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L.A. Popcorn Adventure #68
August 28, 2007
Sitting On Top of the World
Riding Giants + Surfing
Riding Giants, a riveting documentary that traces the history of big wave surfing in Hawaii and California, makes surfing a la Gidget and the Beach Boys look like a docile paddle around a windless pond. Starting in the 1950s, a surfing's first rebellious pioneers lived along the beaches of Hawaii, eschewing financial cares to ride big waves. Over fifty years later, surfing is well integrated into popular culture, but athletes like Laird Hamilton still push the sport to its extreme limits. Hamilton and his posse recently invented towing surfing; a jet ski drops a surfer into waves as high as 70 feet, letting him take a thrilling ride before being collected again by his partner on the jetski. It's a jaw-dropping experience just to watch the film, and we found ourselves wondering what it would be like to wipe out in such ferocious surf. Sadly, many athletes don't survive the rough waters, and the film's sobering dose of mortality only increases the vicarious awe we felt watching those who push themselves to the edge.
We were stoked to hit the waves after witnessing the pure joy and absolute athleticism of big wave surfers. At the very least, we knew we couldn't let our kids grow up in California without knowing the thrill of riding a wave. Not daring to go it alone, we called our local surf shop and hired an instructor for an hour to get our kids up on a board. What a great move -- the instructor brought boards, wet suits and just the right surfer "dude" attitude to push our kids to try something new. After a thorough water safety talk, and some beachside pop-up practice, we hit the waves -- sometimes, literally! But, our kids came up smiling, wanting to try again and again. We spent hours in the water, practicing the balance and timing that allows for a few blissful seconds of sitting on top of the world.
Film Title: Riding Giants
Directed By: Stacy Peralta
2004, Rated PG-13, 101 minutes
Our Buttery Bits of Wisdom about this film:
- Why It's Worth It: Everyone in our family was riveted by this beautiful film, which we recommend for kids over 8. The documentary traces both the history of big wave surfing and portrays the giants in the film - from the past (Greg Noll) and present (Laird Hamilton). Well told, with great music and archival footage, it's a worthy family film for kids who can handle the few tough scenes in the middle of the film (see Red Flags, below).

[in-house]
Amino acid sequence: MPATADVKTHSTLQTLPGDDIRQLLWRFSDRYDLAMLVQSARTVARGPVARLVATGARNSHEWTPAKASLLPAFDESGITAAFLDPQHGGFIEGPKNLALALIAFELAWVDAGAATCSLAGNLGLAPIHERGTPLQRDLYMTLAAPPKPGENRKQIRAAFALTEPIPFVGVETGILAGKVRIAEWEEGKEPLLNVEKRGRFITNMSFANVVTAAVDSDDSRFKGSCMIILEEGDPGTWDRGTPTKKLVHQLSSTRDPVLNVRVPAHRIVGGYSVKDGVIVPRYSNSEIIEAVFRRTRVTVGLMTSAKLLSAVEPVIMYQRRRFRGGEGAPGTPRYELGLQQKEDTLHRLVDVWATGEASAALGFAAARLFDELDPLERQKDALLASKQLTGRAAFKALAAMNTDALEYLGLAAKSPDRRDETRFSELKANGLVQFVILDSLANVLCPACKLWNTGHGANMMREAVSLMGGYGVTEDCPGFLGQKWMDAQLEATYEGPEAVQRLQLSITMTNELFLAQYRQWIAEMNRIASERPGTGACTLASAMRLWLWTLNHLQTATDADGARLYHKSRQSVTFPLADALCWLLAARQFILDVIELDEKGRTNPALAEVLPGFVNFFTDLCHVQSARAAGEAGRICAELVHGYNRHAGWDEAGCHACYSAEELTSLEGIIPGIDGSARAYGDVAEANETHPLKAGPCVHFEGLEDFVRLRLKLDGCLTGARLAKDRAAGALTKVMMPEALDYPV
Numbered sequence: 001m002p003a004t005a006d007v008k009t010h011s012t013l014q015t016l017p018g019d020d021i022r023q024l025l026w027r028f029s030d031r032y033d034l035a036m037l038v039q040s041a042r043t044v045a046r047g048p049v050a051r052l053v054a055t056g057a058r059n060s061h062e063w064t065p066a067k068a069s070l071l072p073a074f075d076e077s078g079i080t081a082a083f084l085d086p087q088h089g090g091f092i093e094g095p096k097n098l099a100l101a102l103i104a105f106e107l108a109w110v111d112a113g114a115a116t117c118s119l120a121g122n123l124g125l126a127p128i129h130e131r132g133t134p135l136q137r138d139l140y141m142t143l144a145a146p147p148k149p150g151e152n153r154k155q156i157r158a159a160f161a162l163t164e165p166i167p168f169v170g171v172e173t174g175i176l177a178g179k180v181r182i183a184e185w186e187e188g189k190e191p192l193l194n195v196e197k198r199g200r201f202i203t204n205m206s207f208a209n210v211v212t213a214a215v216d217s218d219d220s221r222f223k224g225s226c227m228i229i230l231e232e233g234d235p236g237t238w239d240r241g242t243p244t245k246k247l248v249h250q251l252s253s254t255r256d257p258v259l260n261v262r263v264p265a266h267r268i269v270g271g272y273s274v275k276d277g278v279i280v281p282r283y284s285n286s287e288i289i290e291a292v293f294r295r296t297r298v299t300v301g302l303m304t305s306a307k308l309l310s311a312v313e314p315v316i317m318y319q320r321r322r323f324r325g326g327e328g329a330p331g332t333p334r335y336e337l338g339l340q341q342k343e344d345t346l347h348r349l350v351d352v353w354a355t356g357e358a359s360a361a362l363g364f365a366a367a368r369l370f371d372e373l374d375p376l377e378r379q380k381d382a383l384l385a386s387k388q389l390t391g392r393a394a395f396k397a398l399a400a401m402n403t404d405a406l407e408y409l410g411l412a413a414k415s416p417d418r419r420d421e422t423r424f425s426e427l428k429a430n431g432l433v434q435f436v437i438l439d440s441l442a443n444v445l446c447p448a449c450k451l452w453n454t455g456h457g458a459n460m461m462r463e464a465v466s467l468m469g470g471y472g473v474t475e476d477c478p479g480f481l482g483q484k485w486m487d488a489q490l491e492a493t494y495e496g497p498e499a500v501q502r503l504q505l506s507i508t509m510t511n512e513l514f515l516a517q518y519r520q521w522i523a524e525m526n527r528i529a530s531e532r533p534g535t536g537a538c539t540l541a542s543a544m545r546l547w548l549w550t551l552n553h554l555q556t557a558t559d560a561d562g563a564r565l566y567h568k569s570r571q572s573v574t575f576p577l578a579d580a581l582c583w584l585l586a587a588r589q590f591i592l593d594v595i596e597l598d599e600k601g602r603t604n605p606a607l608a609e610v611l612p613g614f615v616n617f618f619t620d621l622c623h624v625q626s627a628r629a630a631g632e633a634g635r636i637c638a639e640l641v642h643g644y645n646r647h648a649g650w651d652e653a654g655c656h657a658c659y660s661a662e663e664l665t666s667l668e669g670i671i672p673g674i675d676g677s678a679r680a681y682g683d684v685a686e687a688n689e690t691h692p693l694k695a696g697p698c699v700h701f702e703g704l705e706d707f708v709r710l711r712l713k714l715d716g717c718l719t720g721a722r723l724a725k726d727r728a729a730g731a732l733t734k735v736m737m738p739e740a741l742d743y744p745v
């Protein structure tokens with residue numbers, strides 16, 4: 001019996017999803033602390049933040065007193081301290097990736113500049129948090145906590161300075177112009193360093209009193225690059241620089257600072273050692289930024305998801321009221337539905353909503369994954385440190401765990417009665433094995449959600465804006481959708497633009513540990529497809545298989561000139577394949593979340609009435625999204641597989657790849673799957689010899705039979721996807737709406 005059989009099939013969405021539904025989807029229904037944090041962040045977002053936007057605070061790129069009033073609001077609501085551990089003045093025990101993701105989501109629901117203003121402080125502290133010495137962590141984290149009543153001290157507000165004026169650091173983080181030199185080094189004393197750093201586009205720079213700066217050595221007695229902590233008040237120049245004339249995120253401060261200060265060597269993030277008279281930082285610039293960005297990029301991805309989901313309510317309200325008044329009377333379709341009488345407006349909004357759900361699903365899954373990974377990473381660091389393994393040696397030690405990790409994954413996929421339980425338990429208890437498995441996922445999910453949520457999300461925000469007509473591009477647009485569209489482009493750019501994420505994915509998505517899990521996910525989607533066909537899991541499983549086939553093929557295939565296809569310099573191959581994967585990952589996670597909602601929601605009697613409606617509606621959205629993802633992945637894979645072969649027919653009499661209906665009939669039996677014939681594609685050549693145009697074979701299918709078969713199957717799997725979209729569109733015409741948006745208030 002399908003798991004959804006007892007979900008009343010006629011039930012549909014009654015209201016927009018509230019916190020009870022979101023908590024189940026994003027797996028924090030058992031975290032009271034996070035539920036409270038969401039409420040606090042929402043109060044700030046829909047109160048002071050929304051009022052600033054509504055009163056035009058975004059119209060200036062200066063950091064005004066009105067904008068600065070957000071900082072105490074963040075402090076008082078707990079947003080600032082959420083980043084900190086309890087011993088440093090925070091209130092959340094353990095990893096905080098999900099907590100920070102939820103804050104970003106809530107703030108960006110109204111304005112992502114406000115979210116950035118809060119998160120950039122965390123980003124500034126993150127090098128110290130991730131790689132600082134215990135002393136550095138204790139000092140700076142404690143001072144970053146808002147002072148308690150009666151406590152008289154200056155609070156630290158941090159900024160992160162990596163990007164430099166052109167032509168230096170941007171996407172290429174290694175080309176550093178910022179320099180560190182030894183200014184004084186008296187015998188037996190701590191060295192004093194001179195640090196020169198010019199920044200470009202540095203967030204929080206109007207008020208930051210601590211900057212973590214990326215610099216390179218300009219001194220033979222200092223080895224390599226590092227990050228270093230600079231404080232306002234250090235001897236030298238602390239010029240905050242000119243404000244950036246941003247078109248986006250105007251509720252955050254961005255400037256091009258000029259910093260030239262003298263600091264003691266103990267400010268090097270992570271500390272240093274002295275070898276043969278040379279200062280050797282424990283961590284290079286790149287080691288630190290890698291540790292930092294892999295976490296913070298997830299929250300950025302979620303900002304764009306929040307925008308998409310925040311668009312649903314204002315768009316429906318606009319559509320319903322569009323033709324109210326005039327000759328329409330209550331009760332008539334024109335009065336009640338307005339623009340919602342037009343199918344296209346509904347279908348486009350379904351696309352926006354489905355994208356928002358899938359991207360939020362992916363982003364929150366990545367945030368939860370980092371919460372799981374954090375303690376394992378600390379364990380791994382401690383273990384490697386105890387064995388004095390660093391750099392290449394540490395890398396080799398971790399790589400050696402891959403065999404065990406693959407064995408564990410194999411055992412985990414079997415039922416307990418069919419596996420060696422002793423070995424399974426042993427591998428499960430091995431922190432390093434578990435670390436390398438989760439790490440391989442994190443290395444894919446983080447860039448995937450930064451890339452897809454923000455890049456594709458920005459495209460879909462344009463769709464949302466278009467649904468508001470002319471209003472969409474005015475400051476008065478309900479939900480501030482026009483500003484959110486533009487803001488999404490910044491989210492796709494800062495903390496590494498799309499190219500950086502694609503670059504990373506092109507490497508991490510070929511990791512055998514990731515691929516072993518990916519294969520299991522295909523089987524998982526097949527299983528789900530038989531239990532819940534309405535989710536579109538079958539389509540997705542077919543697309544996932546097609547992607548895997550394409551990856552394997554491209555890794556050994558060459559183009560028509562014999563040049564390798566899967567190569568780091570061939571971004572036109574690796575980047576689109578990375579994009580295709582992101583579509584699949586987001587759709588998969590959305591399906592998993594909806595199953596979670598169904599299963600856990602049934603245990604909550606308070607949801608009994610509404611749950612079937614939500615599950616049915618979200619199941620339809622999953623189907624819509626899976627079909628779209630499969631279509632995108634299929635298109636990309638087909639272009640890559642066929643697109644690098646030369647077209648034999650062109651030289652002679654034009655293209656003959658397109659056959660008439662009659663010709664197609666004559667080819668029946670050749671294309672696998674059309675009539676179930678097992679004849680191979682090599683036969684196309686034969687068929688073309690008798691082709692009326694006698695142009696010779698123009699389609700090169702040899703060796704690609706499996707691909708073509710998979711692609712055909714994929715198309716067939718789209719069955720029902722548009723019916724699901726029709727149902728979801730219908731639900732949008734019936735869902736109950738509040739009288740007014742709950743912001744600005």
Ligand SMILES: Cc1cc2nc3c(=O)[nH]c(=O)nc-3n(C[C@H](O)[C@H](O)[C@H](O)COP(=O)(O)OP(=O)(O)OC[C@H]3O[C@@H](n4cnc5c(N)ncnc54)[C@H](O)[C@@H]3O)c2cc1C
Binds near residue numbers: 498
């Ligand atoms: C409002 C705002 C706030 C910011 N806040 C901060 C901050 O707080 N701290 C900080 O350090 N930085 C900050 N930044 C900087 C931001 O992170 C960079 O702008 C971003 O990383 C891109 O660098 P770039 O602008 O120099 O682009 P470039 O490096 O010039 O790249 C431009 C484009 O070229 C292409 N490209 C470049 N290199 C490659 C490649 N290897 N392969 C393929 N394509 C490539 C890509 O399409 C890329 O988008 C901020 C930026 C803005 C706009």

- Red Flags: In the middle of the film, the Hawaiian big waves surfers come to the U.S. to surf Mavericks, a monstrous offshore break off Half Moon Bay. One of the Hawaiian surfers, Mark Foo, dies on his first ride - it is a devastating moment that surprises everyone. Nothing graphic is shown, although there is footage of him falling (peacefully) off the board into the wave. The film poignantly portrays how all surfers felt at the moment in history: that they are, in fact, mortal.
- See Riding Giants at the Long Beach's Aquarium of the Pacific: Take the labor out of Labor Day at the Long Beach Aquarium and check out Riding Giants, (Friday, Aug. 31, 7 - 9 pm) as well as great sea life exhibits, surf bands and family programming.
- Other Viewing: Director Stacy Peralta also chronicled the history of skateboarding in Dogtown and Z-Boys. We also love Step Into Liquid, another film about surfing that highlights Laird Hamilton and is directed by the son of the man who directed the classic surf documentary Endless Summer.
Our tips for talking with your kids about the film:
- Cinema Savvy: Watching a documentary with kids is easy - they are naturally drawn to the immediacy of watching real people. Let them know how these films are made: a filmmaker decides to "study up" on something by interviewing people involved with a particular subject. In this case, the filmmaker had to find old footage, of the early days of surfing, in order to effectively tell the story. Ask the kids what they might want to make a documentary about, and get them to think about how they'd find their material.
- Sports Savvy: Athletes such as Laird Hamilton push the limits of their sport. They are constantly thinking about how they could compete at a higher level. Their obsession is complete - in the film, Hamilton talks about being depressed when the waves are small. Ask the kids to think about the difference between traditional sports - football, baseball - that are locked in tradition and regulation versus other sports - surfing, skateboarding - that are still evolving.